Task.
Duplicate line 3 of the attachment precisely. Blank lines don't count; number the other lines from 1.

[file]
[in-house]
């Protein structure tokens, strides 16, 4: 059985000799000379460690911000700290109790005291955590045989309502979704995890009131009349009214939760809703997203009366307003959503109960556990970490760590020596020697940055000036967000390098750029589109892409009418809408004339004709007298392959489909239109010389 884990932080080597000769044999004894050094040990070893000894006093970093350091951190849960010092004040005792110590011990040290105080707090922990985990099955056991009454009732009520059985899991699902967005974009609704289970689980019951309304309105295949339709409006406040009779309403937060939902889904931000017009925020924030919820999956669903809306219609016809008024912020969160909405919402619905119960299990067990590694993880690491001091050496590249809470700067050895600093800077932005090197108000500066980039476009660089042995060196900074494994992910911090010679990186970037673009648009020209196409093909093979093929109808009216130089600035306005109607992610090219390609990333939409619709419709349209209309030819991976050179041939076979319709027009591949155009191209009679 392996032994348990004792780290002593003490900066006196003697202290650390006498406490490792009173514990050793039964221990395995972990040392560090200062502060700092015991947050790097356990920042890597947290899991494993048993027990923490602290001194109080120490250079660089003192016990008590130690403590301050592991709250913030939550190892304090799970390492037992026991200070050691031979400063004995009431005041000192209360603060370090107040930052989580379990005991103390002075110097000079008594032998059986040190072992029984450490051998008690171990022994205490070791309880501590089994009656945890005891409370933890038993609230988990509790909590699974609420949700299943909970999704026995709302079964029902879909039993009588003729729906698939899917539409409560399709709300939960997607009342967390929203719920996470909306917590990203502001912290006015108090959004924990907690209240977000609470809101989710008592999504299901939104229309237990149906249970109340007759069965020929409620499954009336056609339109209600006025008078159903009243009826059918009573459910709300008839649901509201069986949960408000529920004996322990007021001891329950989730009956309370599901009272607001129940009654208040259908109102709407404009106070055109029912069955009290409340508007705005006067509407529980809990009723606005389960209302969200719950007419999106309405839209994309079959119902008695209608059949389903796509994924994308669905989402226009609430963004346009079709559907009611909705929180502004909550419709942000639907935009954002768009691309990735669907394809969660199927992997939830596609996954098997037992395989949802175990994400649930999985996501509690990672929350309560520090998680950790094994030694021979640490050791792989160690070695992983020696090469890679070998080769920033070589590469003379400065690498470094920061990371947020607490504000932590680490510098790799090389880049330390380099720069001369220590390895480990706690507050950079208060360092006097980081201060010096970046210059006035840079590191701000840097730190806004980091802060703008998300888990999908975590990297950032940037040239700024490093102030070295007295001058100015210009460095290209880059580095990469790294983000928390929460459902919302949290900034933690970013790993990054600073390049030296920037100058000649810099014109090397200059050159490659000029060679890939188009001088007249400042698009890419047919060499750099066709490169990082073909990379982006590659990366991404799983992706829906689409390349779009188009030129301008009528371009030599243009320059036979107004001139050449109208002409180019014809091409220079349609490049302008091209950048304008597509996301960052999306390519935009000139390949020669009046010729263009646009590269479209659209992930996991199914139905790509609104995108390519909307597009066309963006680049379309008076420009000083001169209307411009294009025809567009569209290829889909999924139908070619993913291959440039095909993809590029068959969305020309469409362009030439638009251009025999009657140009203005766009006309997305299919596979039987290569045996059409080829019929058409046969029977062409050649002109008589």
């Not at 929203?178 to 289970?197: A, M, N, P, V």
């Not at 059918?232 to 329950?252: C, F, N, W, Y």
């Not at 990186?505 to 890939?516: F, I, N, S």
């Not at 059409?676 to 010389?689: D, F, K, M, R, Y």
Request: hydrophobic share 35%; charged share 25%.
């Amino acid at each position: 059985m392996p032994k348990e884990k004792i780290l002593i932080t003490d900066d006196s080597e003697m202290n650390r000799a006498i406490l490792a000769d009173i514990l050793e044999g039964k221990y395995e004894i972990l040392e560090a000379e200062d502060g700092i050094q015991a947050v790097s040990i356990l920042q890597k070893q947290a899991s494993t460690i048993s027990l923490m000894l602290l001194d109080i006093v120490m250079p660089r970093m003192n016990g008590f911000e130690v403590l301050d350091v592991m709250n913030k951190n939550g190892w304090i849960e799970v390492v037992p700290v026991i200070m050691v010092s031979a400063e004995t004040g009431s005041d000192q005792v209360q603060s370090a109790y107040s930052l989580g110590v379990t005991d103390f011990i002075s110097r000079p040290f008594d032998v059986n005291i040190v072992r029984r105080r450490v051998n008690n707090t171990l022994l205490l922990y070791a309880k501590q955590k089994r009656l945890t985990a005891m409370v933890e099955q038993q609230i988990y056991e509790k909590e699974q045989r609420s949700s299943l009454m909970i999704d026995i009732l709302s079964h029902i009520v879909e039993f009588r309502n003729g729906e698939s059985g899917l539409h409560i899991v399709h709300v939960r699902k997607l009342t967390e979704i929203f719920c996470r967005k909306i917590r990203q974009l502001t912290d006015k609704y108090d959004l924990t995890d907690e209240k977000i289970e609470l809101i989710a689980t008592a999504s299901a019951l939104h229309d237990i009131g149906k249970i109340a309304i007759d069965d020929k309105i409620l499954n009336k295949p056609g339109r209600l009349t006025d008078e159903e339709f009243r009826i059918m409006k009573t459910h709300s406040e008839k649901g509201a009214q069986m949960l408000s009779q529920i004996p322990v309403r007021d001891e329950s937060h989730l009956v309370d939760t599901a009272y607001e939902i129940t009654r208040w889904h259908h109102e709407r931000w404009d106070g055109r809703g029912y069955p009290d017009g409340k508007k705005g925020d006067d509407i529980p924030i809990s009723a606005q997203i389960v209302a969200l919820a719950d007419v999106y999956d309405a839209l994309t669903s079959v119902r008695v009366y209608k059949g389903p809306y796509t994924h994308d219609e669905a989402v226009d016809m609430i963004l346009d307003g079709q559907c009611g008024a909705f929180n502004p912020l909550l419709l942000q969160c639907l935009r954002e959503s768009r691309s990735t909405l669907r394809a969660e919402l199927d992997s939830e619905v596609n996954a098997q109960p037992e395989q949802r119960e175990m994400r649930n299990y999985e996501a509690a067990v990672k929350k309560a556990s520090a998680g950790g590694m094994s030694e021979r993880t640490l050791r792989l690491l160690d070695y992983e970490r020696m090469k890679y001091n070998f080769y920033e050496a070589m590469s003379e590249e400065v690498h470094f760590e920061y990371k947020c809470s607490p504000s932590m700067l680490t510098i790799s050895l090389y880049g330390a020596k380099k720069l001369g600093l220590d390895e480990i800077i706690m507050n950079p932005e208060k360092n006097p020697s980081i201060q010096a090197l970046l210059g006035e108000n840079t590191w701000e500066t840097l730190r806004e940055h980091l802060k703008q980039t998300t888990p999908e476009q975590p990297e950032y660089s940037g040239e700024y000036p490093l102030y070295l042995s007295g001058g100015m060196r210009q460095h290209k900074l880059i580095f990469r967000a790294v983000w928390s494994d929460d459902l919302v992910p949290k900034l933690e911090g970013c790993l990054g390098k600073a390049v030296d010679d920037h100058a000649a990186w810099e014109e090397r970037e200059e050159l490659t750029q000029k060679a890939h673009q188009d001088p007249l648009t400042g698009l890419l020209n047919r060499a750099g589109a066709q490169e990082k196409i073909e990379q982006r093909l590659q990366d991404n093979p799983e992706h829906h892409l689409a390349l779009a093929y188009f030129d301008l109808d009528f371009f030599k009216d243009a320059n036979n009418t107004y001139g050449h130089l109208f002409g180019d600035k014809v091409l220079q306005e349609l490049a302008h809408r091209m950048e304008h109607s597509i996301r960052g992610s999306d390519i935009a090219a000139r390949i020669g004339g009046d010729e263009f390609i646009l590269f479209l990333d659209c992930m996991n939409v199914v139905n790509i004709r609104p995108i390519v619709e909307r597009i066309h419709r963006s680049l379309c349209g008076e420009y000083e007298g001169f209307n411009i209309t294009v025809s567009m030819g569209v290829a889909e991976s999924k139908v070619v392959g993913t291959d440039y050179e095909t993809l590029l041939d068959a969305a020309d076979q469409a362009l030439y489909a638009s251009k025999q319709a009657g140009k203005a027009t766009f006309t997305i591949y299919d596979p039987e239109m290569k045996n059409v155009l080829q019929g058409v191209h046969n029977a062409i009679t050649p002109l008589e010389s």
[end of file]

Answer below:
């Not at 929203?178 to 289970?197: A, M, N, P, V």